modifying the script in response to a user input, the modification of the script comprising a policy modification of the access control policy; and
storing the modified script in the policy data store,
wherein the generating the decision to either permit or deny the web service request comprises generating the decision to either permit or deny the web service request based on the modified access control policy, the retrieved user attribute, and the retrieved resource attribute, the generating of the decision comprising interpreting the modified script.
13. The computer-implemented method of claim 1, wherein the web service comprises a service in an Industrial Internet of Things (IIoT).
14. A system comprising:
at least one processor; and
a non-transitory computer-readable medium storing executable instructions that, when executed, cause the at least one processor to perform operations comprising:
storing, in one or more data stores, a user attribute of a user, a resource attribute of a resource of a web service, one or more scope conditions to be satisfied in order to apply one of the user attribute and the resource attribute in generating a decision of whether to permit or deny an action, and a script comprising an access control policy for accessing the resource of the web service, the user attribute comprising user information about the user other than an identification of the user, the resource attribute comprising resource information about the resource other than an identification of the resource, and the access control policy comprising one or more policy conditions to be satisfied in order to permit the action, the one or more policy conditions comprising at least one of the user attribute and the resource attribute;
receiving a web service request for accessing the resource of the web service, the web service request corresponding to the user and comprising an access token for the user, action data identifying the action being requested to be applied to the resource, and resource data identifying the resource;
determining that the one or more scope conditions are satisfied for the web service request;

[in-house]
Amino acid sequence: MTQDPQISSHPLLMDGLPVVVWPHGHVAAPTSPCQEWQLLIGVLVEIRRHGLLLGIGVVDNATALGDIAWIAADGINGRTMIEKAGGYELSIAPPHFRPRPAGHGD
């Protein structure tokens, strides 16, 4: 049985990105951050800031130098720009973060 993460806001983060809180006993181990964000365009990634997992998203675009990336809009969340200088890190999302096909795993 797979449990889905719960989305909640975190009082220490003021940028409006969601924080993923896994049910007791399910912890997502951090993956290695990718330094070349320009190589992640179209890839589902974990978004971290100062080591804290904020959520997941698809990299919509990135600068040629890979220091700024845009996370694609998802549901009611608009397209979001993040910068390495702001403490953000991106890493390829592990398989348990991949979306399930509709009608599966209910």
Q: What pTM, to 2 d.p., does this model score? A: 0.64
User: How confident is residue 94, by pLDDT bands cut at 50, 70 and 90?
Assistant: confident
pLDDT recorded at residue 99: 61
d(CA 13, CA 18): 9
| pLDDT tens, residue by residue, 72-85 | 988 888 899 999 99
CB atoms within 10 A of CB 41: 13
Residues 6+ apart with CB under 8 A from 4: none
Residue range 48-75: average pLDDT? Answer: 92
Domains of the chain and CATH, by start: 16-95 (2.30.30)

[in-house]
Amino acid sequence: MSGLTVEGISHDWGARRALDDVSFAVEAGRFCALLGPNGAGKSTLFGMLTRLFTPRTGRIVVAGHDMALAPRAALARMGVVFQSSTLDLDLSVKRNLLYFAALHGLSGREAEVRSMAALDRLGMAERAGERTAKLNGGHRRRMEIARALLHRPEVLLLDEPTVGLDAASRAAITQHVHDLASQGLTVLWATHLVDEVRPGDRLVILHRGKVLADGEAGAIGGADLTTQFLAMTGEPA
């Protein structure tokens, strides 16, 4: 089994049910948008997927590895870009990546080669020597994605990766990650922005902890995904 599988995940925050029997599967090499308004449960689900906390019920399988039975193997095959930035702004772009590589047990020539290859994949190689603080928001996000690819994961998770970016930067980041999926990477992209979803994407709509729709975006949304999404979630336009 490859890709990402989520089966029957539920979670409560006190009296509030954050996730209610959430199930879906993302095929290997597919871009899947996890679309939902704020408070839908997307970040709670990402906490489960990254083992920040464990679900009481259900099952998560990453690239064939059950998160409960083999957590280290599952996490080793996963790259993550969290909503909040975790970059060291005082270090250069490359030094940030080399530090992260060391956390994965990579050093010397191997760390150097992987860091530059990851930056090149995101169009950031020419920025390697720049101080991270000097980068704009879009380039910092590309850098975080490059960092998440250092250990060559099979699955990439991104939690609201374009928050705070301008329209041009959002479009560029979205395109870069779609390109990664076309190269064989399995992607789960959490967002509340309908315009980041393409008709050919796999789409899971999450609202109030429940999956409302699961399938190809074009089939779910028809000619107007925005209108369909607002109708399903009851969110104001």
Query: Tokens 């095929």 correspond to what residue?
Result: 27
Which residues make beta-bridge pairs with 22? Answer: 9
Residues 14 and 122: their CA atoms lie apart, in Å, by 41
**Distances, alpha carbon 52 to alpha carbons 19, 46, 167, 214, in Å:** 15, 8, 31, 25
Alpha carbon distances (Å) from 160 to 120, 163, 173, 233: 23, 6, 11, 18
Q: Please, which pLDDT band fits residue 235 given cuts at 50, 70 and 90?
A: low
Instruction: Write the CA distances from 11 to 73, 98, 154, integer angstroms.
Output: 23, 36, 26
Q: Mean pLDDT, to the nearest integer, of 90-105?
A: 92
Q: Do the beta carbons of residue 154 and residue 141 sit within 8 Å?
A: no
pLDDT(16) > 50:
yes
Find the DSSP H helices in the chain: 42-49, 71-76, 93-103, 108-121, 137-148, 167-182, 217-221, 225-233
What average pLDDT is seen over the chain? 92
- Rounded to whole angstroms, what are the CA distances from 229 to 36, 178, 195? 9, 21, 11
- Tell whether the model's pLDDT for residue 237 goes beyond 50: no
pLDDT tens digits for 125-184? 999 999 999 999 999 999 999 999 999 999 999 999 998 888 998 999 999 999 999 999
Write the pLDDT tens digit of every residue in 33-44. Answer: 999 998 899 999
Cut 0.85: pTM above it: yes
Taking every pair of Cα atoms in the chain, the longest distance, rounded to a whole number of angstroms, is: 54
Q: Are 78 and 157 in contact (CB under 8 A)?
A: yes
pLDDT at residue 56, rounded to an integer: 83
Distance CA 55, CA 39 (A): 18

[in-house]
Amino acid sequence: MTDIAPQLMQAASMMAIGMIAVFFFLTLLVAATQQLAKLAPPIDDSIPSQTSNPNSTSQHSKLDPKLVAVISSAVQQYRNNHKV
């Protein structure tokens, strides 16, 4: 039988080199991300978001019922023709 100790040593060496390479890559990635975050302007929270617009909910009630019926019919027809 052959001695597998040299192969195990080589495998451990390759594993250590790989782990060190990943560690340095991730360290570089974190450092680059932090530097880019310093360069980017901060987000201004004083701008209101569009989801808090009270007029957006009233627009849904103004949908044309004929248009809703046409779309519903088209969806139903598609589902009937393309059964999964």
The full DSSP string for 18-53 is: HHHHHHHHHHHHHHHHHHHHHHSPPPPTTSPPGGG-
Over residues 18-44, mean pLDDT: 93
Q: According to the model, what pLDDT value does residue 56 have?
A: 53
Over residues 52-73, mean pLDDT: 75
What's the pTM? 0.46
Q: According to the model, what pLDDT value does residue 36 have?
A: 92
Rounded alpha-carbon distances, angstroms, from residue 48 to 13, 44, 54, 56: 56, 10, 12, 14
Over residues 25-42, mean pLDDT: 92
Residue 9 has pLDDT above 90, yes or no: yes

generating a decision to either permit or deny the web service request based on the access control policy, the one of the stored user attribute and the stored resource attribute being used in generating the decision based on the determination that the one or more scope conditions are satisfied, and the generating of the decision comprising interpreting the script; and
transmitting the decision to the web service;
wherein when the resource is accessed in response to the web service request, the web service utilizes the resource to build a first industrial internet application, test a second industrial internet application, implement a third industrial internet application, or apply information from an industrial asset to a model;
wherein the one or more scope conditions are stored in a graph data structure, wherein the graph data structure includes a first attribute and a second attribute, wherein the first attribute is directly linked in the graph data structure to the second attribute, wherein the processor applies the second attribute as a selected one of the scope conditions to the first attribute, wherein the first attribute is one of the resource attribute or the user attribute, and the second attribute is the other of the resource attribute or the user attribute, and wherein the scoped conditions allow an administrator to create conditions for accessing the resource by configuring a user account rather than re-writing the access control policy.
15. The system of claim 14, wherein:
the one of the user attribute and the resource attribute comprises the user attribute;
the one or more scope conditions comprises a restriction that the user attribute be associated with the user in generating the decision of whether to permit or deny the action only when the action involves one of a set of one or more particular resources; and
the determining that the one or more scope conditions are satisfied for the web service request comprises determining that the resource of the web service request is one of the set of one or more particular resources.
16. The system of claim 14, wherein the web service comprises a representational state transfer (RESTful) application programming interface (API).
17. The system of claim 14, wherein the script is included within a JavaScript Object Notation (JSON).
18. A non-transitory machine-readable storage medium, tangibly embodying a set of instructions that, when executed by at least one processor, causes the at least one processor to perform operations comprising: